I think the latest batch, the current batch at YC right now have at least 17 companies coming from Southeast Asia. That's just grown immensely. I think for me, YC had always been something that, to be honest, at the time was a question mark for us whether or not we should do it, because my co-founder and I were building a non-U.S. business for a non-U.S. client base. We had asked ourselves, "Well, is this a relevant program to go through or not?" But at the same time, one of the earliest batches of YC founders were actually college classmates of mine. I felt like, "Maybe there's something here. Maybe there's something that can be learned here.
Maybe the rigor that YC would force us to go through for the three months in the program would actually make us a better company, I mean, because the truth is we didn't know what we were doing, right? We're first time founders, so we decided to take the opportunity, and spent three months in Mountain View, California back when you can still do these things, and had a really great time, because the orientation at YC is very much about the users. It is about building something that people want, and that user-centric discipline, I think, is just incredibly focusing, which is what we needed at the time.
Jeremy Au (37:20):
What was it like? I mean, obviously, being there, did you feel like it was fun? It was scary. What was it like? I know everyone's rushing towards the demo days, so everyone was hustling.
Yes, everyone's hustling for sure, but actually, it was incredibly... What's the best way to describe it? I mean, back then, our batch is a lot smaller than the current batches, but even then, it was still quite large. It was 120 something companies, and so plus or minus 200 to 300 founders. I wouldn't claim that I knew everybody, but the spirit of it was very... It almost brought me back to my college days. Everybody was trying to be helpful to each other. We didn't necessarily see each other as competition, right? People were freely sharing about things.
I think YC fosters that mentality, so it felt more fun than anything else. You were there to learn. You could ask stupid questions. These are people who are very pragmatic. You have access to unbelievable resources, people who have founded and exited companies, people who've seen a million iteration of whatever it is that we're building. We were building a student loan company, which has various iterations in the U.S. For us, it was both great for learning, incredibly fun, was great to see other founders and have really honest conversations with them. Some of the things that we tackled during the program was hard stuff like founder dynamics or having hard conversations with your early hires, with your early angels, whatever it is.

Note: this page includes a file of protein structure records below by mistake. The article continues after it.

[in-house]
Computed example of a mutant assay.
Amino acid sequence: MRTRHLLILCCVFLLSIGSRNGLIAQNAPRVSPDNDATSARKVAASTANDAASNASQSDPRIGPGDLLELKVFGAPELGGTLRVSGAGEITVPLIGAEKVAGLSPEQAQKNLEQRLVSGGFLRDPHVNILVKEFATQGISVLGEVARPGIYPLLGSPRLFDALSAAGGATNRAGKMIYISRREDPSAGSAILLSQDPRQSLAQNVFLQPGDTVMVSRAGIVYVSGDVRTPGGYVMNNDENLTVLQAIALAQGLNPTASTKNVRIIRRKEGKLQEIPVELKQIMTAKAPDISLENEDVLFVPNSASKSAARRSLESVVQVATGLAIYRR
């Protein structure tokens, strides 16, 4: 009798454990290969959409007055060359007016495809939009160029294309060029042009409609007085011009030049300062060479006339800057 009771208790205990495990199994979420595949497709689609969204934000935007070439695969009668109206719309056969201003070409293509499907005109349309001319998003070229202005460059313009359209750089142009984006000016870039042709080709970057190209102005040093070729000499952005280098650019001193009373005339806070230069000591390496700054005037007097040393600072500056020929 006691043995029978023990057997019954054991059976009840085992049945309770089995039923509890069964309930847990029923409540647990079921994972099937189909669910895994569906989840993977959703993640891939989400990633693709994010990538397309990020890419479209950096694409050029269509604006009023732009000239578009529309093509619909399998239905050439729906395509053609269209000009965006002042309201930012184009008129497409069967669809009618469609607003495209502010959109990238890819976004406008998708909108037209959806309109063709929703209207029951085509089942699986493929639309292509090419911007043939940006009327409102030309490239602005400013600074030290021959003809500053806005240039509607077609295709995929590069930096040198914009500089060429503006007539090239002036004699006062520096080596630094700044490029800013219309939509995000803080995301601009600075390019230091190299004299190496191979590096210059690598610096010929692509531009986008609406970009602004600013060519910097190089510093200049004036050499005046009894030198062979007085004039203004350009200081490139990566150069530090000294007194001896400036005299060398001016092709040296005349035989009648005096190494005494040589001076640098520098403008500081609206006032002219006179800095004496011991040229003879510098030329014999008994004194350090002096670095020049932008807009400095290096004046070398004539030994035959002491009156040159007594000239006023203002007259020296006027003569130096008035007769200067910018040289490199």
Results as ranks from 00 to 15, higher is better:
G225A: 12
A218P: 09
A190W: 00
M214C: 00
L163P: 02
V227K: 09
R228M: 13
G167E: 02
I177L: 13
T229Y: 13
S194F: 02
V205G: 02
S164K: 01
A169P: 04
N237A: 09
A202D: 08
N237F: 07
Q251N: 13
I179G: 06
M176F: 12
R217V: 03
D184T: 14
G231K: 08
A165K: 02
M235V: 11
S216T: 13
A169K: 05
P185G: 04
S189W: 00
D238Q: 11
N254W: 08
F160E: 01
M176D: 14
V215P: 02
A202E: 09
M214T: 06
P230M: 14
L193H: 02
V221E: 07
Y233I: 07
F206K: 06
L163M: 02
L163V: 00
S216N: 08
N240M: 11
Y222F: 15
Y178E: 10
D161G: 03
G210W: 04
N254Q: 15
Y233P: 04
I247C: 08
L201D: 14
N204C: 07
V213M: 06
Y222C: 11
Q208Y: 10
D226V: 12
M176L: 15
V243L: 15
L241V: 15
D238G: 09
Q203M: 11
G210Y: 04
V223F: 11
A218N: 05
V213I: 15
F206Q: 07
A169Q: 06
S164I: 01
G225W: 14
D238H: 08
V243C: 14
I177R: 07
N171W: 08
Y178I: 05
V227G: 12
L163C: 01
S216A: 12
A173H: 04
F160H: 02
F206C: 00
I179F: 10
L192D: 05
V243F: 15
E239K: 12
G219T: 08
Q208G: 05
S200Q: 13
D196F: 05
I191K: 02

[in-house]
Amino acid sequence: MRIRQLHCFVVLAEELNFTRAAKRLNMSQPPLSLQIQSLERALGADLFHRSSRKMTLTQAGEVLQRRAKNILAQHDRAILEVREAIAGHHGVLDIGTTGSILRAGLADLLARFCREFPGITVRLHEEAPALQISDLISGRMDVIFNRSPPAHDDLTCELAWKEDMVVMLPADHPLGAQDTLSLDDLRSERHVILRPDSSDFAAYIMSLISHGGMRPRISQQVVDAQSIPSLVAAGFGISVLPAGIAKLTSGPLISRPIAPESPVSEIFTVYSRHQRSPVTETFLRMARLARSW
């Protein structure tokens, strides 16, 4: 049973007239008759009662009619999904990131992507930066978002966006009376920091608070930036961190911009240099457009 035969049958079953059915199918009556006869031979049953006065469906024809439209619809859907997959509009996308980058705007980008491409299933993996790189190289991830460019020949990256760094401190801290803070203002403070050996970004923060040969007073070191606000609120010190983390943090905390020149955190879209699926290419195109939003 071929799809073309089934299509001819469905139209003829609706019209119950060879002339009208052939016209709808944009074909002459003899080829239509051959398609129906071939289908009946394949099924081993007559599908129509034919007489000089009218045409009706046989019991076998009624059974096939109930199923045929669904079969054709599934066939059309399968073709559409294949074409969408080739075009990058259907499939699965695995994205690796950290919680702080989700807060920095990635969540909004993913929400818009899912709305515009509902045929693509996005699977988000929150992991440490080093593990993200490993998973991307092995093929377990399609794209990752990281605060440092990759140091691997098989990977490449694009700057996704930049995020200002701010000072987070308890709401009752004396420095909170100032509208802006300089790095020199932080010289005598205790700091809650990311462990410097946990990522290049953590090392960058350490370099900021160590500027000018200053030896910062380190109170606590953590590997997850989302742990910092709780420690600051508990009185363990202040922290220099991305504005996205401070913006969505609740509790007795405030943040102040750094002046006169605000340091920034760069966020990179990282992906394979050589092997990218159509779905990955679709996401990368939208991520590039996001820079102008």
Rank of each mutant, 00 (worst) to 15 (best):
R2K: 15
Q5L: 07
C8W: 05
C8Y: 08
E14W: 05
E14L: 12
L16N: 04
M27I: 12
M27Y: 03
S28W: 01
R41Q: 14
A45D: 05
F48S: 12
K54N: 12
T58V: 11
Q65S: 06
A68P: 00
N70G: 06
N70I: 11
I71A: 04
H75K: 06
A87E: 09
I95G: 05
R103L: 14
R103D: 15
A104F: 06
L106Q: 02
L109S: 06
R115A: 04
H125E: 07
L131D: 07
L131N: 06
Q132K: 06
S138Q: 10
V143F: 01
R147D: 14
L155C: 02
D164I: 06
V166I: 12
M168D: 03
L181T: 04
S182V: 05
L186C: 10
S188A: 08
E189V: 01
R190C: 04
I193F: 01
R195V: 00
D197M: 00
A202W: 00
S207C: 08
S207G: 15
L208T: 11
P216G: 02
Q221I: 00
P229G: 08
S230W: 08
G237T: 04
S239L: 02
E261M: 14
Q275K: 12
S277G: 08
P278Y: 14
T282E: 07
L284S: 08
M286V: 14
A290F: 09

I super enjoyed it. People would always ask me, "Would you do it again?" I said, "Yeah, definitely. I would do it again."
Jeremy Au (38:58):
As the first Indonesian female founder, and, of course, there was very little Southeast Asian representation back then, so how do you feel like being the minority of minorities in YC?
I might have been the only female founder from Southeast Asia in my batch, I think. Just to contextualize, in my batch... This might be different from other batches. In my batch, there was about 27% women, and 14% female-founded businesses, where the founding team are all women.
I'm part of the 27, because my co-founder is a guy, but even then, that number is relatively low. However, that number's a lot higher than market. Market number is something a lot lower even today. If we look at VC money, and how much of that is going to female founders, that number is single digit, something crazy. At YC, they did a really great job of also pairing us with female founders. I remember one of the folks that actually interviewed us and then later on interacted with us was Adora Cheung from-
Jeremy Au (40:11):
I remember her.
Yeah. She was a founder of a company, also YC company, which then folded, but she was very open about her learnings, and really supportive. We got to meet a whole bunch of other female founders and also alumni that were based in San Francisco at the time. I felt like there was a strong community there. But to be honest, at the end of the day, we're all trying to build a company, and so whether or not you're a woman building it or a man building it, I mean, really, at the end of the day, for me, didn't really have that big of an impact. There's nothing that makes you more or less of a founder just because of your gender.
Jeremy Au (40:58):
Of course. What's interesting is that you're, at this point in time, bringing a lot of different experiences, as a consultant and as an investor and an operator. You're just really focused on founding and building and scaling the business. What was that like? Any tough moments you remember?
I'll say this, being a founder is by far the hardest thing I've ever done. I think every founder will say that, because it really is. People are motivated differently when they decided to go down this path. I was very clearly motivated by a problem. I wanted to solve a problem. Other people are motivated, because they are a creator. They just can't help themselves. They want to build something. They want to create something, and they want to see that through fruition. Other folks are motivated by maybe the financial opportunity, like wanting to become a unicorn, et cetera.